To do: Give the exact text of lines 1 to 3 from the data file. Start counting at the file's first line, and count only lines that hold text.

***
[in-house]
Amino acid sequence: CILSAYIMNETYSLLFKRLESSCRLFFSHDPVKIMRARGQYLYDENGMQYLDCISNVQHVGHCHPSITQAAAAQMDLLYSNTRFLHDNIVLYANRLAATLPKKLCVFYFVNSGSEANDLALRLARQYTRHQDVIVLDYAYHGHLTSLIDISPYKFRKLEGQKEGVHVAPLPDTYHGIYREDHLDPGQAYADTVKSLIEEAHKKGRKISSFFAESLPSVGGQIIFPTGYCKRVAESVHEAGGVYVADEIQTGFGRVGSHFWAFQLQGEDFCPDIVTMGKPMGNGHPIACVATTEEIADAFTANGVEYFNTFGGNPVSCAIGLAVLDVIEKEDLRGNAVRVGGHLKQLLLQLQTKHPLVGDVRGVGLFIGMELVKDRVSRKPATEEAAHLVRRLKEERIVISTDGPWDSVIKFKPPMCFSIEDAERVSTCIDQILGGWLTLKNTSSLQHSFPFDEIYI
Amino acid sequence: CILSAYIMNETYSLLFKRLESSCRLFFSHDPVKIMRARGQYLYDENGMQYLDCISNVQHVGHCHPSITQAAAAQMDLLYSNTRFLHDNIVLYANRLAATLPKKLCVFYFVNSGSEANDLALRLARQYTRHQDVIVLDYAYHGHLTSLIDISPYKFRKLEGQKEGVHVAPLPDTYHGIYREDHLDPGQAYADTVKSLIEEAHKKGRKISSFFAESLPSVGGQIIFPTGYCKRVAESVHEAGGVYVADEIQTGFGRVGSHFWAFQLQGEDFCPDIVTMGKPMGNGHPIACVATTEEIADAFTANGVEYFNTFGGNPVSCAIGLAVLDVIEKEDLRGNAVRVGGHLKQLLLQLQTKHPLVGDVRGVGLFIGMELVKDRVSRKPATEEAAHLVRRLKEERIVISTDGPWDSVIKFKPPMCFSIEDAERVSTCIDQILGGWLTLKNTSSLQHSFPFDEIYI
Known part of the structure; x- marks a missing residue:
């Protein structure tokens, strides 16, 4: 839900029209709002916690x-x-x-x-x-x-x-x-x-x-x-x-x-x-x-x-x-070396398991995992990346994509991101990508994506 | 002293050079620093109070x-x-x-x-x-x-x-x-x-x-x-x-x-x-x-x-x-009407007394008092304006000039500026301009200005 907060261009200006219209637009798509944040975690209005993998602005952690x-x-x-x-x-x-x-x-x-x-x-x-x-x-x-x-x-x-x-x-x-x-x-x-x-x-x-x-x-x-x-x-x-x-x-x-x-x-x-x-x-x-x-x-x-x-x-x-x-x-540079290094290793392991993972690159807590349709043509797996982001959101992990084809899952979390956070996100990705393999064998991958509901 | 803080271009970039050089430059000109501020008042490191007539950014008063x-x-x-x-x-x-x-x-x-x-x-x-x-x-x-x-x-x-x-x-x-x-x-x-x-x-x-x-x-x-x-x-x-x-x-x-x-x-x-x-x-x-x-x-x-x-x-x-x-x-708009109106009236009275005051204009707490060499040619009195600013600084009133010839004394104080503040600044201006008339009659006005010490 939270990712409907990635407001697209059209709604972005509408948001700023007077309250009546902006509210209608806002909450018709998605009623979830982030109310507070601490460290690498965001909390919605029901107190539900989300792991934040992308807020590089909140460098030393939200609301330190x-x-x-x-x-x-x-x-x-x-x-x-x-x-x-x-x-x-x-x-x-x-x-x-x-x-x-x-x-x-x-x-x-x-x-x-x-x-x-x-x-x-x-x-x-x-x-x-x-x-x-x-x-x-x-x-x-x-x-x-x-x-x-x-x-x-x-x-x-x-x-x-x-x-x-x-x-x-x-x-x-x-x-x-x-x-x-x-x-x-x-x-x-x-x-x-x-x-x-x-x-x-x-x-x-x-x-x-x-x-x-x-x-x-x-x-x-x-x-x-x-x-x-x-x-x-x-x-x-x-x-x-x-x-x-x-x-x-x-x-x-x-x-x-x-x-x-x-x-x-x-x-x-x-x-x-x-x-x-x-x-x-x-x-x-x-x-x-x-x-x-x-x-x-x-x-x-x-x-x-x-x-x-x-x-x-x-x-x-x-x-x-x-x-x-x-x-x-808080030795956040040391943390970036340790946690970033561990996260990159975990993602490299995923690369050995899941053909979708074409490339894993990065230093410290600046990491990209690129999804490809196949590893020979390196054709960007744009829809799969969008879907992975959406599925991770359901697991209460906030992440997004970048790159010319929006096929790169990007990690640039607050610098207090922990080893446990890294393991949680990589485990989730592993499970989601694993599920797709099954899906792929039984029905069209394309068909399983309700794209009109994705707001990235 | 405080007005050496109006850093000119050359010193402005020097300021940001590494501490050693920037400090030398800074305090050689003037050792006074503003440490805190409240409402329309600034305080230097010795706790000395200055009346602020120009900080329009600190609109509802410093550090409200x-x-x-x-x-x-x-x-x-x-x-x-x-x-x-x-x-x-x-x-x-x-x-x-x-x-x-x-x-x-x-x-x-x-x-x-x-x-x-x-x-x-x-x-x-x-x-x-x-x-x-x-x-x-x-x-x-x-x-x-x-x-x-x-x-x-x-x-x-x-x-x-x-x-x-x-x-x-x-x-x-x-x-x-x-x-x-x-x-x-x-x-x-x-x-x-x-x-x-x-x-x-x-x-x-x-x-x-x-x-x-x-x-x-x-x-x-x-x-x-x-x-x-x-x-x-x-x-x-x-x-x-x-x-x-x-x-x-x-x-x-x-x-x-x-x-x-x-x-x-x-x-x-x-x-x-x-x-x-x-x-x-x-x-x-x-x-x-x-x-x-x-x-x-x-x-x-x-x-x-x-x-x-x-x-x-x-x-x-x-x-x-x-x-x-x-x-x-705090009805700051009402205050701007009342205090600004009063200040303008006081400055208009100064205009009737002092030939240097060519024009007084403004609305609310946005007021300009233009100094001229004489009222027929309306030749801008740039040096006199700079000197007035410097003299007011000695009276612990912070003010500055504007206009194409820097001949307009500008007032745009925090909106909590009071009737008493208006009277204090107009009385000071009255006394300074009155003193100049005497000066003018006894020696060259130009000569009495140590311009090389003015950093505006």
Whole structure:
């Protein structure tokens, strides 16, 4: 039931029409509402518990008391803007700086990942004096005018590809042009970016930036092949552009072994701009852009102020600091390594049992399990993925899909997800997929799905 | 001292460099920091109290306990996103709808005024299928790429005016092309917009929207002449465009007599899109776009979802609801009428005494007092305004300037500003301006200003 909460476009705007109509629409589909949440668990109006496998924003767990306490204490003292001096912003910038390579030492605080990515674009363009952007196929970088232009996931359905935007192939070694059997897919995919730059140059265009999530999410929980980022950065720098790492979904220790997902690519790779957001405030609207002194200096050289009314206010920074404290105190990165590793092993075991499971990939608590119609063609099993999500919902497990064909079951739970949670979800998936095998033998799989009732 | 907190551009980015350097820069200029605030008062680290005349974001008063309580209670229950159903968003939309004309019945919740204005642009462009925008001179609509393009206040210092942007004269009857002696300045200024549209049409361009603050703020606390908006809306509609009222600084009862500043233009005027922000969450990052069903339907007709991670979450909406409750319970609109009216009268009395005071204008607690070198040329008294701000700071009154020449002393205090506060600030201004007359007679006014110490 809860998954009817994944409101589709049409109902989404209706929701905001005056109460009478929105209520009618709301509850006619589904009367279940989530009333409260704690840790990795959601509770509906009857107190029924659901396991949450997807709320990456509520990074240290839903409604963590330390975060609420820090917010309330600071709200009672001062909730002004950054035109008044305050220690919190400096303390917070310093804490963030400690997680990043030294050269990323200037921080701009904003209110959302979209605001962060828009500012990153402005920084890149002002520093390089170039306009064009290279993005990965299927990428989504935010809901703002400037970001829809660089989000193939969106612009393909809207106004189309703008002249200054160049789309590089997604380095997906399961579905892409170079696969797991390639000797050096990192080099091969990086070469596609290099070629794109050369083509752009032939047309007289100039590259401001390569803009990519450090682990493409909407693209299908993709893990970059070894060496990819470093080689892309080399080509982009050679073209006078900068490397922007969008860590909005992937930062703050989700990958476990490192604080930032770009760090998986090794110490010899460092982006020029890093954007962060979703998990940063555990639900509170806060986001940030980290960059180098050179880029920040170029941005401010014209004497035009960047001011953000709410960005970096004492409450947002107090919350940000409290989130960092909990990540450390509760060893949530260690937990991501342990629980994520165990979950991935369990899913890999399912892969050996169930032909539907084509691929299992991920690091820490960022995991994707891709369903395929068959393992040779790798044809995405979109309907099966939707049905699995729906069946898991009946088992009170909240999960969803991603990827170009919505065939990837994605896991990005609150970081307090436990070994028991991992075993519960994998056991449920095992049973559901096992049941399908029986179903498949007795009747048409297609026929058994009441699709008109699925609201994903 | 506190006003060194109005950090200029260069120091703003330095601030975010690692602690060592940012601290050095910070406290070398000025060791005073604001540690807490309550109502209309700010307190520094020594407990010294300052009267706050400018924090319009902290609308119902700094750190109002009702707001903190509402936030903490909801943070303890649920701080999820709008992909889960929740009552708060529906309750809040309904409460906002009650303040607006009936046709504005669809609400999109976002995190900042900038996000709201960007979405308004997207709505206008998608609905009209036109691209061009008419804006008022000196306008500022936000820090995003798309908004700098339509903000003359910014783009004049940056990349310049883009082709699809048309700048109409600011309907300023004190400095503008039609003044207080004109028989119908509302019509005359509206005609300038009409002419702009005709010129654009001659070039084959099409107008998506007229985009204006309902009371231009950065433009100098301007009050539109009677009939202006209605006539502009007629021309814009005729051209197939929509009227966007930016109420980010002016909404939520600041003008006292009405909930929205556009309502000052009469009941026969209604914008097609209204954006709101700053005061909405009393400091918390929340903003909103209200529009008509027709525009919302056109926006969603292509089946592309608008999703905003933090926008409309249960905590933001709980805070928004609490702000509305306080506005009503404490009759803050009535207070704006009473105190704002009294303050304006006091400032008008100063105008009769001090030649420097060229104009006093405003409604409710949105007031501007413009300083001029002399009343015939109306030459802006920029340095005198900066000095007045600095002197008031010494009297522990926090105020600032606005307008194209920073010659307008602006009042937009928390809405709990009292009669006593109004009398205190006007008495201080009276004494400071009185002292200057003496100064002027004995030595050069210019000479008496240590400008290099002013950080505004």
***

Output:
[in-house]
Amino acid sequence: CILSAYIMNETYSLLFKRLESSCRLFFSHDPVKIMRARGQYLYDENGMQYLDCISNVQHVGHCHPSITQAAAAQMDLLYSNTRFLHDNIVLYANRLAATLPKKLCVFYFVNSGSEANDLALRLARQYTRHQDVIVLDYAYHGHLTSLIDISPYKFRKLEGQKEGVHVAPLPDTYHGIYREDHLDPGQAYADTVKSLIEEAHKKGRKISSFFAESLPSVGGQIIFPTGYCKRVAESVHEAGGVYVADEIQTGFGRVGSHFWAFQLQGEDFCPDIVTMGKPMGNGHPIACVATTEEIADAFTANGVEYFNTFGGNPVSCAIGLAVLDVIEKEDLRGNAVRVGGHLKQLLLQLQTKHPLVGDVRGVGLFIGMELVKDRVSRKPATEEAAHLVRRLKEERIVISTDGPWDSVIKFKPPMCFSIEDAERVSTCIDQILGGWLTLKNTSSLQHSFPFDEIYI
Amino acid sequence: CILSAYIMNETYSLLFKRLESSCRLFFSHDPVKIMRARGQYLYDENGMQYLDCISNVQHVGHCHPSITQAAAAQMDLLYSNTRFLHDNIVLYANRLAATLPKKLCVFYFVNSGSEANDLALRLARQYTRHQDVIVLDYAYHGHLTSLIDISPYKFRKLEGQKEGVHVAPLPDTYHGIYREDHLDPGQAYADTVKSLIEEAHKKGRKISSFFAESLPSVGGQIIFPTGYCKRVAESVHEAGGVYVADEIQTGFGRVGSHFWAFQLQGEDFCPDIVTMGKPMGNGHPIACVATTEEIADAFTANGVEYFNTFGGNPVSCAIGLAVLDVIEKEDLRGNAVRVGGHLKQLLLQLQTKHPLVGDVRGVGLFIGMELVKDRVSRKPATEEAAHLVRRLKEERIVISTDGPWDSVIKFKPPMCFSIEDAERVSTCIDQILGGWLTLKNTSSLQHSFPFDEIYI